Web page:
|Three women at Suzi B's|
Location: 1829 Montrose Avenue, Chicago, Illinois, USA
It's very difficult to know for sure when Suzi B's was open and alive.
In August 2000, Kathy Edens related the following story about the birth of Suzi B's:
"When Debbie ( Rae ) was looking for a bar she took me to several places that were for sale, and she said, 'What do you think about this place?' And I was, 'Oh, I don't know.' Then when we walked into where Suzy B's was, I said, 'This is it. I feel it.' We sat there and we drank, and they bought the place. It was just an old man's neighborhood bar, and there was a beautiful skylight in there; they had a fake ceiling below that. It was very dark, but it was just the layout of the bar, it was small and comfortable. I used to go there a lot."
Unfortunately, Kathy doesn't tell us when this happened. (Note that every account I have seen spells "Suzi B's" in a different way. Kathy called it "Suzy B's." I'm going by what was on the t-shirt above.)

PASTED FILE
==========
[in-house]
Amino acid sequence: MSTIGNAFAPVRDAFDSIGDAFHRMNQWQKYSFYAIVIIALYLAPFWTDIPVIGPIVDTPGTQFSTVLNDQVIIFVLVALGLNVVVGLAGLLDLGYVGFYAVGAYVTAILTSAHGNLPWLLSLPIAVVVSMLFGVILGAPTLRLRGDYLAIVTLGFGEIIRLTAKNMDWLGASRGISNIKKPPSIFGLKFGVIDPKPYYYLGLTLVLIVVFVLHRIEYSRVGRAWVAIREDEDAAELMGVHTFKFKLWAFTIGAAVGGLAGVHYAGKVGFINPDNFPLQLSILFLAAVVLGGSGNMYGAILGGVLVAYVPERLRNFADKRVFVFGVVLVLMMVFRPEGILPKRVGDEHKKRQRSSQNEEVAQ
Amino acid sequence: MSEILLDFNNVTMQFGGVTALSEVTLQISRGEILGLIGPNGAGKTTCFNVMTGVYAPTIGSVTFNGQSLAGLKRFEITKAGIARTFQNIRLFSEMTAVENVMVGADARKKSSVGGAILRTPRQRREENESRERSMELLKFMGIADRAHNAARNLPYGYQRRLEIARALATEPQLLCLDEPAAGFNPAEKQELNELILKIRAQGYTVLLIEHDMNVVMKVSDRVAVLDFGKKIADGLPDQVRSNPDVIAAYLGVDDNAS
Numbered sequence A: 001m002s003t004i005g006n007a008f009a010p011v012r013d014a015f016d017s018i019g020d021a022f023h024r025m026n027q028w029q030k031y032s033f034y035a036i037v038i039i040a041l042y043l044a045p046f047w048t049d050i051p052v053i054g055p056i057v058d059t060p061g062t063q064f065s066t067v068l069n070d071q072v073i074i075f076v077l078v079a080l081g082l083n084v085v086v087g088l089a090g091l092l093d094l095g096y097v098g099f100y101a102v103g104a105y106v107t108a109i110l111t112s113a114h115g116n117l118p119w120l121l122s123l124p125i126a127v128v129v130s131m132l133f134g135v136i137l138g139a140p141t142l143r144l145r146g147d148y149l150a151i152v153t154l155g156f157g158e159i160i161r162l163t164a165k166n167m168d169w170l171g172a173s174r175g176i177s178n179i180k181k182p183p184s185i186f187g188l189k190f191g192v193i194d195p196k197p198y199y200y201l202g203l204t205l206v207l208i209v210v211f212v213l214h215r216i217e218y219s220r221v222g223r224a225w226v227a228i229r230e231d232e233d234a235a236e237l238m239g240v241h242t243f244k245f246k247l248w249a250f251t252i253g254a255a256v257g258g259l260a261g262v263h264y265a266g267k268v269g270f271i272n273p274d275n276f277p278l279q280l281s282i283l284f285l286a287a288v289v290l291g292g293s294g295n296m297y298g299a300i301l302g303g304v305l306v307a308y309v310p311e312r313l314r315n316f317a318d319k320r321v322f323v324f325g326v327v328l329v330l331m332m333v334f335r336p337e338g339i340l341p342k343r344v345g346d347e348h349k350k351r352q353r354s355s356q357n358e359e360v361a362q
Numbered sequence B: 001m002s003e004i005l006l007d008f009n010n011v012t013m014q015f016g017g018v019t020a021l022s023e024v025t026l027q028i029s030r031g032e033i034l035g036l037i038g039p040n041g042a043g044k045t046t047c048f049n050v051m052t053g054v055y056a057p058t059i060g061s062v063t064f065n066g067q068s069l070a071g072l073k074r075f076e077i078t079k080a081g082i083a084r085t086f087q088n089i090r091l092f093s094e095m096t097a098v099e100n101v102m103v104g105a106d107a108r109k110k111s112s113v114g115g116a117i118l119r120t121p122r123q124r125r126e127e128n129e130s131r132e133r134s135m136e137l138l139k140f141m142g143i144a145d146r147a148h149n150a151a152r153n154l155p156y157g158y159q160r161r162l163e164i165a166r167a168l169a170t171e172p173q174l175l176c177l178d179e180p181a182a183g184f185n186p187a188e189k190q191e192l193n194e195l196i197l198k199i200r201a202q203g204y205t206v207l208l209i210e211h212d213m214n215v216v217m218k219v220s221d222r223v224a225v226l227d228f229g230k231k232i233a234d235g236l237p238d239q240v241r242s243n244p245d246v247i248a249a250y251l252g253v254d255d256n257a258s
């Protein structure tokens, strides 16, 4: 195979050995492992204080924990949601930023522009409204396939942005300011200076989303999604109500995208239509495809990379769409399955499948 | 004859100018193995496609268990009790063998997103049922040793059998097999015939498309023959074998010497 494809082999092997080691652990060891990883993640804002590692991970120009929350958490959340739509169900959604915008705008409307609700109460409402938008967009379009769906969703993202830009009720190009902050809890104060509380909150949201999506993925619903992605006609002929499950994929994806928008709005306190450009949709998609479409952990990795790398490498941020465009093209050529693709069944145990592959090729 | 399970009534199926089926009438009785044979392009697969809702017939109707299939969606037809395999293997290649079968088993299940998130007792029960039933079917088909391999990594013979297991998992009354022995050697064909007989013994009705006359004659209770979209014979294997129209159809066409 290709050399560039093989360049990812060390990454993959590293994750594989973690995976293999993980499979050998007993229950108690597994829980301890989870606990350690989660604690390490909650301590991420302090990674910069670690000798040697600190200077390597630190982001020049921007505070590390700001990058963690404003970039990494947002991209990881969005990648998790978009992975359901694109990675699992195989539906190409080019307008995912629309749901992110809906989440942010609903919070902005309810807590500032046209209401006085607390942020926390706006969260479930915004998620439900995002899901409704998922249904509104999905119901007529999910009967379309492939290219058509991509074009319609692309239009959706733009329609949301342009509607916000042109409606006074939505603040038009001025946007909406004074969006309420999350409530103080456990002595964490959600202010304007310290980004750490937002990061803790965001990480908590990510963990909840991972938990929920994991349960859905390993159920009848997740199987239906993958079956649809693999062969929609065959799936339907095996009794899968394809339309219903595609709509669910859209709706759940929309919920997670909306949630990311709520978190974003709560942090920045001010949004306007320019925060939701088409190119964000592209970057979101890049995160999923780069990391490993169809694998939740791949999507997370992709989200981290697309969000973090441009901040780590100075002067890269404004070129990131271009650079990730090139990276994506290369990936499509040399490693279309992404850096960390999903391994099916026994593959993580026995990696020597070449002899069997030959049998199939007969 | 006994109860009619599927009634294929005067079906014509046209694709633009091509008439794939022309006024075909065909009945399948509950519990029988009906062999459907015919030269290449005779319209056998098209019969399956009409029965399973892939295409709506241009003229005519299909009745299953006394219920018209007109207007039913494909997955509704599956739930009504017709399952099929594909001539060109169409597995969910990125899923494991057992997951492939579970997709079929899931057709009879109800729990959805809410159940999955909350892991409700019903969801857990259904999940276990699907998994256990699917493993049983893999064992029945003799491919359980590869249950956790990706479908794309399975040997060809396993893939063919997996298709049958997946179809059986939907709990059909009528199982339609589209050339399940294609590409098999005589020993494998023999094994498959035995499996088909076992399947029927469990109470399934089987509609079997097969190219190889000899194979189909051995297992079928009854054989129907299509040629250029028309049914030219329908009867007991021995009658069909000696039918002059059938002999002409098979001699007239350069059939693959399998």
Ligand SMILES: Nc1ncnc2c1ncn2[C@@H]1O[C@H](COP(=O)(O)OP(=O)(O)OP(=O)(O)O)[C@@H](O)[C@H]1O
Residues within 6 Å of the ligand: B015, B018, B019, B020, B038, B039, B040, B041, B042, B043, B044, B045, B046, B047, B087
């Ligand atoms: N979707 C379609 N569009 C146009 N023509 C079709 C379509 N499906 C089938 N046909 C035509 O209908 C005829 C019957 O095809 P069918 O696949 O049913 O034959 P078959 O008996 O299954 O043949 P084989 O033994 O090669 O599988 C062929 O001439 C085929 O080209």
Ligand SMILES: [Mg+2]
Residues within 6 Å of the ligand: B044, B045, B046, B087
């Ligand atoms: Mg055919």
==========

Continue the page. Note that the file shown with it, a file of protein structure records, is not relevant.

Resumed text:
We see that Cynde Schauper: CYBERFEM! had a performance there in October 1989. (Cynde called it "Susie B's".) So we know it was open then.
In a 1998 essay on AIDS activism in the late 80s and early 90s, ACT UP/Chicago member Mary Patten describes the ways in which the personal and the political were hopelessly entangled. Suzi B's is mentioned of course. And also that Suzi B's was now gone at the time of her recollections:
'Those were the days when we would go into Suzi B's ( a since-closed dyke bar ), and we knew everybody ( and everyone knew us ) .' The connective tissue between our 'private' and our 'public' lives—between the ways we did political work and organizing, had sex, played, theorized, and mourned—was strong, elastic, sometimes barely noticeable."
After Suzi B's went out of business, it was replaced by Scot's, a gay men's ("LGBT-friendly") bar.
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